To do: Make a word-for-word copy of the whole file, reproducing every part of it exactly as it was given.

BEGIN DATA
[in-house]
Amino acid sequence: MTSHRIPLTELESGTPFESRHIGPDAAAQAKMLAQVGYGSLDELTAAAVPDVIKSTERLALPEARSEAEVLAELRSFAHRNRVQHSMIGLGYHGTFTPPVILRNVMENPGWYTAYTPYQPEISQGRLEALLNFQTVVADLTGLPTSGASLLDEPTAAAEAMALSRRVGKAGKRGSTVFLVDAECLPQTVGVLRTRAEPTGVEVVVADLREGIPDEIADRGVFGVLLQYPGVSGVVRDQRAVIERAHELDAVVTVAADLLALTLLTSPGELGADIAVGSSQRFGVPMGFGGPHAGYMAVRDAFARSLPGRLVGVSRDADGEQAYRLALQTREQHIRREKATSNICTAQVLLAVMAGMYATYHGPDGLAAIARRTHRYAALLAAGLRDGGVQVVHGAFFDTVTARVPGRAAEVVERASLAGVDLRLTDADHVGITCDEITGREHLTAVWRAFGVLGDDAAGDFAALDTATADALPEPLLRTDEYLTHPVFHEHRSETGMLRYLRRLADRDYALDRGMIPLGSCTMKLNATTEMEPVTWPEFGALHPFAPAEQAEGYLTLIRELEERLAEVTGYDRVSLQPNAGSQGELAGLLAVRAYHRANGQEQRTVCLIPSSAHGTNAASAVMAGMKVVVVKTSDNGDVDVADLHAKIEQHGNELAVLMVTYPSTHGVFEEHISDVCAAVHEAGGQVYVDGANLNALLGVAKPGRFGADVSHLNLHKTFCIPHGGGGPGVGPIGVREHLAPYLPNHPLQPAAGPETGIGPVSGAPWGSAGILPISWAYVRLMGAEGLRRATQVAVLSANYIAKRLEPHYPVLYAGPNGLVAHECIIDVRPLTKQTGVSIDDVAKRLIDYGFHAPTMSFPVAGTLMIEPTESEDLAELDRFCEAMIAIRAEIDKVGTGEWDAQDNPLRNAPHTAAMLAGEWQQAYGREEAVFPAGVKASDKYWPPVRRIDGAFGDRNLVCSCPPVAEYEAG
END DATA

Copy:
[in-house]
Amino acid sequence: MTSHRIPLTELESGTPFESRHIGPDAAAQAKMLAQVGYGSLDELTAAAVPDVIKSTERLALPEARSEAEVLAELRSFAHRNRVQHSMIGLGYHGTFTPPVILRNVMENPGWYTAYTPYQPEISQGRLEALLNFQTVVADLTGLPTSGASLLDEPTAAAEAMALSRRVGKAGKRGSTVFLVDAECLPQTVGVLRTRAEPTGVEVVVADLREGIPDEIADRGVFGVLLQYPGVSGVVRDQRAVIERAHELDAVVTVAADLLALTLLTSPGELGADIAVGSSQRFGVPMGFGGPHAGYMAVRDAFARSLPGRLVGVSRDADGEQAYRLALQTREQHIRREKATSNICTAQVLLAVMAGMYATYHGPDGLAAIARRTHRYAALLAAGLRDGGVQVVHGAFFDTVTARVPGRAAEVVERASLAGVDLRLTDADHVGITCDEITGREHLTAVWRAFGVLGDDAAGDFAALDTATADALPEPLLRTDEYLTHPVFHEHRSETGMLRYLRRLADRDYALDRGMIPLGSCTMKLNATTEMEPVTWPEFGALHPFAPAEQAEGYLTLIRELEERLAEVTGYDRVSLQPNAGSQGELAGLLAVRAYHRANGQEQRTVCLIPSSAHGTNAASAVMAGMKVVVVKTSDNGDVDVADLHAKIEQHGNELAVLMVTYPSTHGVFEEHISDVCAAVHEAGGQVYVDGANLNALLGVAKPGRFGADVSHLNLHKTFCIPHGGGGPGVGPIGVREHLAPYLPNHPLQPAAGPETGIGPVSGAPWGSAGILPISWAYVRLMGAEGLRRATQVAVLSANYIAKRLEPHYPVLYAGPNGLVAHECIIDVRPLTKQTGVSIDDVAKRLIDYGFHAPTMSFPVAGTLMIEPTESEDLAELDRFCEAMIAIRAEIDKVGTGEWDAQDNPLRNAPHTAAMLAGEWQQAYGREEAVFPAGVKASDKYWPPVRRIDGAFGDRNLVCSCPPVAEYEAG